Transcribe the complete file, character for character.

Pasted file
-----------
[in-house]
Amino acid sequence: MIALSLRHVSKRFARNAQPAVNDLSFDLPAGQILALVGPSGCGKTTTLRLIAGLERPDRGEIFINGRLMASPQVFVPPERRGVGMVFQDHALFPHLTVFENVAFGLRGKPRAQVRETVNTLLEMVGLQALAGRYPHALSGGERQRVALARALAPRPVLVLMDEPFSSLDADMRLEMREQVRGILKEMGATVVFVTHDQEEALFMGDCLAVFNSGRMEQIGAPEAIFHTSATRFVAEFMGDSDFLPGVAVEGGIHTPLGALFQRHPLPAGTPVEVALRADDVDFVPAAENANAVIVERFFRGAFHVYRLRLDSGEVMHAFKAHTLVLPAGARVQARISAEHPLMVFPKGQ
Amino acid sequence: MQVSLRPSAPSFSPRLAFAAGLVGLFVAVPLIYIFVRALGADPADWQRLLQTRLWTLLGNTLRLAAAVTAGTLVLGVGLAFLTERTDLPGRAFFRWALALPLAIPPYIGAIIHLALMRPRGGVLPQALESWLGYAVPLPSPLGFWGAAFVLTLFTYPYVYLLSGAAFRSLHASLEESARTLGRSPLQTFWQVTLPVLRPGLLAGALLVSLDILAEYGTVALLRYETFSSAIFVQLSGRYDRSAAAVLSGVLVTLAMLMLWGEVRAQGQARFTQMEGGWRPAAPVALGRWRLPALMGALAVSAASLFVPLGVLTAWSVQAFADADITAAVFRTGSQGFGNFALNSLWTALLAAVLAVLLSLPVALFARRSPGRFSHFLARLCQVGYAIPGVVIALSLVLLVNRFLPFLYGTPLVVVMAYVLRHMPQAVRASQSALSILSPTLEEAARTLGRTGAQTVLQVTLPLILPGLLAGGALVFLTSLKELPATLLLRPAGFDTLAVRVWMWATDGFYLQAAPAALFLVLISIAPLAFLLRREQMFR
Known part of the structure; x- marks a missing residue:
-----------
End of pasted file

[in-house]
Amino acid sequence: MIALSLRHVSKRFARNAQPAVNDLSFDLPAGQILALVGPSGCGKTTTLRLIAGLERPDRGEIFINGRLMASPQVFVPPERRGVGMVFQDHALFPHLTVFENVAFGLRGKPRAQVRETVNTLLEMVGLQALAGRYPHALSGGERQRVALARALAPRPVLVLMDEPFSSLDADMRLEMREQVRGILKEMGATVVFVTHDQEEALFMGDCLAVFNSGRMEQIGAPEAIFHTSATRFVAEFMGDSDFLPGVAVEGGIHTPLGALFQRHPLPAGTPVEVALRADDVDFVPAAENANAVIVERFFRGAFHVYRLRLDSGEVMHAFKAHTLVLPAGARVQARISAEHPLMVFPKGQ
Amino acid sequence: MQVSLRPSAPSFSPRLAFAAGLVGLFVAVPLIYIFVRALGADPADWQRLLQTRLWTLLGNTLRLAAAVTAGTLVLGVGLAFLTERTDLPGRAFFRWALALPLAIPPYIGAIIHLALMRPRGGVLPQALESWLGYAVPLPSPLGFWGAAFVLTLFTYPYVYLLSGAAFRSLHASLEESARTLGRSPLQTFWQVTLPVLRPGLLAGALLVSLDILAEYGTVALLRYETFSSAIFVQLSGRYDRSAAAVLSGVLVTLAMLMLWGEVRAQGQARFTQMEGGWRPAAPVALGRWRLPALMGALAVSAASLFVPLGVLTAWSVQAFADADITAAVFRTGSQGFGNFALNSLWTALLAAVLAVLLSLPVALFARRSPGRFSHFLARLCQVGYAIPGVVIALSLVLLVNRFLPFLYGTPLVVVMAYVLRHMPQAVRASQSALSILSPTLEEAARTLGRTGAQTVLQVTLPLILPGLLAGGALVFLTSLKELPATLLLRPAGFDTLAVRVWMWATDGFYLQAAPAALFLVLISIAPLAFLLRREQMFR
Known part of the structure; x- marks a missing residue: